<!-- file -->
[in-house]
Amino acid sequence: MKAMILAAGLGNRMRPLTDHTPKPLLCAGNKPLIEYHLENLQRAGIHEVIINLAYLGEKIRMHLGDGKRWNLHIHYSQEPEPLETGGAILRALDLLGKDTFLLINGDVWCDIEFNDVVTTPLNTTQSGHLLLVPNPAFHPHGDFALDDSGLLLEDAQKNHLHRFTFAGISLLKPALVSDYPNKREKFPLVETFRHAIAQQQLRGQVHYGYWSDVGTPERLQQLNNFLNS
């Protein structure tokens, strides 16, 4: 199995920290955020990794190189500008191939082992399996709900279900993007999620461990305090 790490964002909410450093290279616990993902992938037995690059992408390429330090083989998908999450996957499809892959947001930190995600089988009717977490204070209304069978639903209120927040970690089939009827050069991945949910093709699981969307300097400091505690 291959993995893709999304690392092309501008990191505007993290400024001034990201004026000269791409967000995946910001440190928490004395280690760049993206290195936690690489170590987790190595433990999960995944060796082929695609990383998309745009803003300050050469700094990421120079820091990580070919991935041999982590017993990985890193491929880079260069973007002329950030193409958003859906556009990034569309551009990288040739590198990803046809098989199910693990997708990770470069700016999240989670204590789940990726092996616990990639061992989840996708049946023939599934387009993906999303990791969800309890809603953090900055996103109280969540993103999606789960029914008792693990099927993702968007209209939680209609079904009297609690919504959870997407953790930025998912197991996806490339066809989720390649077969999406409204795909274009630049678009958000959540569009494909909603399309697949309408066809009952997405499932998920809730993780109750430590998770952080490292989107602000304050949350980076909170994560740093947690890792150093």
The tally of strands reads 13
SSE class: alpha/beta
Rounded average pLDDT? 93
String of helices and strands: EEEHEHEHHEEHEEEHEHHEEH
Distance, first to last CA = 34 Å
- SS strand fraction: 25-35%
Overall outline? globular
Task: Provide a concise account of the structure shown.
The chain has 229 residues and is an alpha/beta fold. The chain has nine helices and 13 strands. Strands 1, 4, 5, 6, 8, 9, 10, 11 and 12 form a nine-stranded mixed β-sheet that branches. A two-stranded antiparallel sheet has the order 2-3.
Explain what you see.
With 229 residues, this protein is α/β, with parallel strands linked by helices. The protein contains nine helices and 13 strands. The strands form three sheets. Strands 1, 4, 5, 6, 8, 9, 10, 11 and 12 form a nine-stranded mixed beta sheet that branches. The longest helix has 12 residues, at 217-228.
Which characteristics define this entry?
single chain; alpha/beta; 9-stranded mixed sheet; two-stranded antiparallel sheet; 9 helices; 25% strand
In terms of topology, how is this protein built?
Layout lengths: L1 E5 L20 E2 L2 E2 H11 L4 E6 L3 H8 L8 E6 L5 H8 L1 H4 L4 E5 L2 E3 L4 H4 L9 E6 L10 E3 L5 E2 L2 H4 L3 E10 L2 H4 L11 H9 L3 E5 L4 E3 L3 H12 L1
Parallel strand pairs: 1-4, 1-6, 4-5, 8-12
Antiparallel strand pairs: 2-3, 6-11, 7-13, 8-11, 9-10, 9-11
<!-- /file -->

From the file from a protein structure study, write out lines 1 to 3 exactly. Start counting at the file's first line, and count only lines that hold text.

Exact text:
[in-house]
Amino acid sequence: MKAMILAAGLGNRMRPLTDHTPKPLLCAGNKPLIEYHLENLQRAGIHEVIINLAYLGEKIRMHLGDGKRWNLHIHYSQEPEPLETGGAILRALDLLGKDTFLLINGDVWCDIEFNDVVTTPLNTTQSGHLLLVPNPAFHPHGDFALDDSGLLLEDAQKNHLHRFTFAGISLLKPALVSDYPNKREKFPLVETFRHAIAQQQLRGQVHYGYWSDVGTPERLQQLNNFLNS
């Protein structure tokens, strides 16, 4: 199995920290955020990794190189500008191939082992399996709900279900993007999620461990305090 790490964002909410450093290279616990993902992938037995690059992408390429330090083989998908999450996957499809892959947001930190995600089988009717977490204070209304069978639903209120927040970690089939009827050069991945949910093709699981969307300097400091505690 291959993995893709999304690392092309501008990191505007993290400024001034990201004026000269791409967000995946910001440190928490004395280690760049993206290195936690690489170590987790190595433990999960995944060796082929695609990383998309745009803003300050050469700094990421120079820091990580070919991935041999982590017993990985890193491929880079260069973007002329950030193409958003859906556009990034569309551009990288040739590198990803046809098989199910693990997708990770470069700016999240989670204590789940990726092996616990990639061992989840996708049946023939599934387009993906999303990791969800309890809603953090900055996103109280969540993103999606789960029914008792693990099927993702968007209209939680209609079904009297609690919504959870997407953790930025998912197991996806490339066809989720390649077969999406409204795909274009630049678009958000959540569009494909909603399309697949309408066809009952997405499932998920809730993780109750430590998770952080490292989107602000304050949350980076909170994560740093947690890792150093």